Cenk Uygur: “Can anyone name Obama’s principles? Something he will not bend on?”

Wednesday, August 10, 2011

When President Obama offered to slash Social Security, Medicare and Medicaid to get a debt deal with congressional madmen like Mitch McConnell, John Boehner and Eric Cantor, many liberals and progressives started to wonder aloud, just what does Obama stand for?

Cenk Uygur wondered too:

Can anyone name Obama’s principles? Something he will not bend on? A progressive priority he will defend to the end?

Does Obama even think of himself as a progressive? He once pointed to a glass half-filled with water and told Sen. Bernie Sanders, “That’s the problem with you progressives. You see this as half-empty.” You progressives?

But does anyone think that the guy who hired Tim Geithner, Rahm Emanuel, Larry Summers, William Daley, Peter Orszag, Ben Bernanke, etc. is remotely progressive? If you looked throughout the whole country, could you find more conservative, establishment Democrats? Barely, if at all. And, of course, some of those guys aren’t even Democrats.

Now, the Obama supporters won’t believe this either. They’ll blame the messenger as usual. But go ahead, ignore this message at your peril. Apparently, the people at the White House think they’re such geniuses. “Did you know it turns out centrists decide elections?” This is the kind of politics you learn in third grade and they think they’re playing three dimensional chess. Yes, independents are important, but they hate weakness in their leaders. Giving the Republicans everything they want every single time doesn’t appeal to any independents and will lead to half of your own voters staying at home.

Unfortunately, this is the only guiding principle Obama has — compromise.

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6 Responses to Cenk Uygur: “Can anyone name Obama’s principles? Something he will not bend on?”

  1. Robyn says:

    I totally agree with Cenk on this. If all I’m going to get from Obama and other Democrats is someone who gives Republicans what they want when they stomp their little feet in anger, why bother voting Democrat?

  2. I think Obama is akin to Clinton. Both extreme Liberals that are intelligent enough to be realists. They were/are both faced with a very partisan Congress which is Republican-dominated and a populace that is increasingly independent. To get anything passed now, there has to be compromise – even painful compromise. Liberal-purists do not seem to understand this. Clinton did. And I think Obama is using the Clinton model to get things accomplished.

  3. Brigadoon says:

    Cenk is correct. Obama stands for nothing. He’s an empty suit who can read a teleprompter and he plays white liberals rally around him because it helps them assuage their guilt over slavery. I can’t tell you the number of times I read an article that asked “why are you supporting Obama?” The response was some version of “because it is time for a black American.” Total bullshit.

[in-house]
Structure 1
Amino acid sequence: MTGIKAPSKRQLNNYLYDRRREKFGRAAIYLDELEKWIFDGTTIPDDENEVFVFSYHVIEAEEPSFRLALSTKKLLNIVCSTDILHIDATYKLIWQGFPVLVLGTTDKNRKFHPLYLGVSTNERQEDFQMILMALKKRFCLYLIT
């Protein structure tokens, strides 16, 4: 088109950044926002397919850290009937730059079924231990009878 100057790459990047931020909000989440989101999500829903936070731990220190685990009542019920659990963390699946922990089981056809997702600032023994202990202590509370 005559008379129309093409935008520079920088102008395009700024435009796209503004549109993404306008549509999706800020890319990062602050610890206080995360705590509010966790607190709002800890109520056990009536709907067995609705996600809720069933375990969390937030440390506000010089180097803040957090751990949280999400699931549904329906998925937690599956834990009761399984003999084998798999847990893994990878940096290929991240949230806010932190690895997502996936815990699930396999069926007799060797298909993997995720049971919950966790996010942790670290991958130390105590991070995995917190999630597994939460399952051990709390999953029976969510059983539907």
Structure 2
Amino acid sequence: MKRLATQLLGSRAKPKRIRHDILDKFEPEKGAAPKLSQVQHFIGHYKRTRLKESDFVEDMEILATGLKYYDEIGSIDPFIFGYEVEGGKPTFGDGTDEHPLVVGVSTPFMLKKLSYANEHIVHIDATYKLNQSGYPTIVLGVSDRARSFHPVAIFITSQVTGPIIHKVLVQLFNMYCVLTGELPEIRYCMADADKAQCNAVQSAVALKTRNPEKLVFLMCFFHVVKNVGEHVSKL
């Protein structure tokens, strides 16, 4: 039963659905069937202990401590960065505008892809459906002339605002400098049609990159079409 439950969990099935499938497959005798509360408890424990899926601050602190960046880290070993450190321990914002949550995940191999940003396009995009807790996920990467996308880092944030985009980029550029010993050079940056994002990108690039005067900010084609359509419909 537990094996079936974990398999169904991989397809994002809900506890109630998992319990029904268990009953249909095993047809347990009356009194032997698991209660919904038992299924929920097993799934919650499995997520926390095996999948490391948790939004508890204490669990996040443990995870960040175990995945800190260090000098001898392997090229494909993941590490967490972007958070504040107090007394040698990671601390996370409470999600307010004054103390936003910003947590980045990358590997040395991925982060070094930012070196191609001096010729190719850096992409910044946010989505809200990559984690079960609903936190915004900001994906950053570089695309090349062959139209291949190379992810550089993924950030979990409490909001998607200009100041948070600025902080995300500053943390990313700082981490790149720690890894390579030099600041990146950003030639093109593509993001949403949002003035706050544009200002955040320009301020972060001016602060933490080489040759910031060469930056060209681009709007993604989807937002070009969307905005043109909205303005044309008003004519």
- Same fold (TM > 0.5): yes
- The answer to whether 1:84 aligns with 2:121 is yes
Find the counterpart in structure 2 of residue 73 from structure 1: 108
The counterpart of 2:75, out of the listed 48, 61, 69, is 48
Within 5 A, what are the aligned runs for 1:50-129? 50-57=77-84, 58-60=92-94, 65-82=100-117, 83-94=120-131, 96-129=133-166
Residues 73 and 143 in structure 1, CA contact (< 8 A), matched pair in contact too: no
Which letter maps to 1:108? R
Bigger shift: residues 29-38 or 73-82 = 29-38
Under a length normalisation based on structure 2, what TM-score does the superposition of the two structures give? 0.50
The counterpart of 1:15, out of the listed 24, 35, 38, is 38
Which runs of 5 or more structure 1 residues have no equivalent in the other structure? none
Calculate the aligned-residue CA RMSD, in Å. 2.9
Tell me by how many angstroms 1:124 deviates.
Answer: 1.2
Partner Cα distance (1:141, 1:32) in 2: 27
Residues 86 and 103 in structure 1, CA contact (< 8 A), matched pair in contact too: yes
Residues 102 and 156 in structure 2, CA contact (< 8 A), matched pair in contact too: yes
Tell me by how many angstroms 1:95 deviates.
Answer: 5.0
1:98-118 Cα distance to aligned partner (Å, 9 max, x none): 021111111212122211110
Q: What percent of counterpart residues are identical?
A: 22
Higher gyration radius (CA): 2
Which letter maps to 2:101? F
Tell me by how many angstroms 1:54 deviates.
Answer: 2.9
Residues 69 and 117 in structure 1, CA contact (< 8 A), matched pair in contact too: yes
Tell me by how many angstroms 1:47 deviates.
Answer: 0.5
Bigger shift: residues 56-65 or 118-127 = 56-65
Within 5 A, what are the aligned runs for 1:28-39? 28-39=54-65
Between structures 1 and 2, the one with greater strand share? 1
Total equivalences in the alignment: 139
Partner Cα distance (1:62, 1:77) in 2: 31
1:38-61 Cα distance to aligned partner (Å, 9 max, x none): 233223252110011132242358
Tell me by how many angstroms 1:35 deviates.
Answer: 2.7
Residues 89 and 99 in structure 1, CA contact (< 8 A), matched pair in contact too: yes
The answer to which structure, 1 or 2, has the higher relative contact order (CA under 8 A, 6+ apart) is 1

4. Sayingwhatneedsaying says:

    I’d like him, O-bummer, to bend over so I can ram something yo his poop shute! That BOY has no principles……………… He’s lied about, or failed to fulfill every one of his campaign promises. He should be Tarred and Feathered and sent out of town on a rail.

  5. retahyajyajav says:

    Obama stands for nothing. The money boys on Wall Street and at the Big Banks allowed him to get elected so he could do their dirty work for them.

    That decision has worked out quite well for them, wouldn’t you think?

  6. ultragreen says:

    I don’t agree with the proposition that “centrists determine the outcomes of elections.” Their importance is overestimated, as I explain below.

    Obama (and many others) overestimates the importance of independents in determining the outcomes of elections. Independents often don’t agree with each other and their votes tend to be divided between the Republicans and Democrats. As a result, their votes tend to cancel each other out. If conservative Republicans or liberal Democrats are unhappy with their party’s candidate, they either sit out the election or vote for a third-party candidate. Thus, their impact on election outcomes is often greater than what many politicians and pundits think. A good example of this is Al Gore losing the election to George Bush in 2000 because too many liberals defected from the Democratic party to vote for Ralph Nader.

    Another problem with alienating your political base is that the conservatives and liberals give lots of money and volunteer time for the candidates that they support, while independents are less likely to do this. As a result, Obama can’t count on his liberal base to donate $500 million to his political campaign, like they did during 2008. And Obama needs their money in order to convince independents to vote for him through political advertising.

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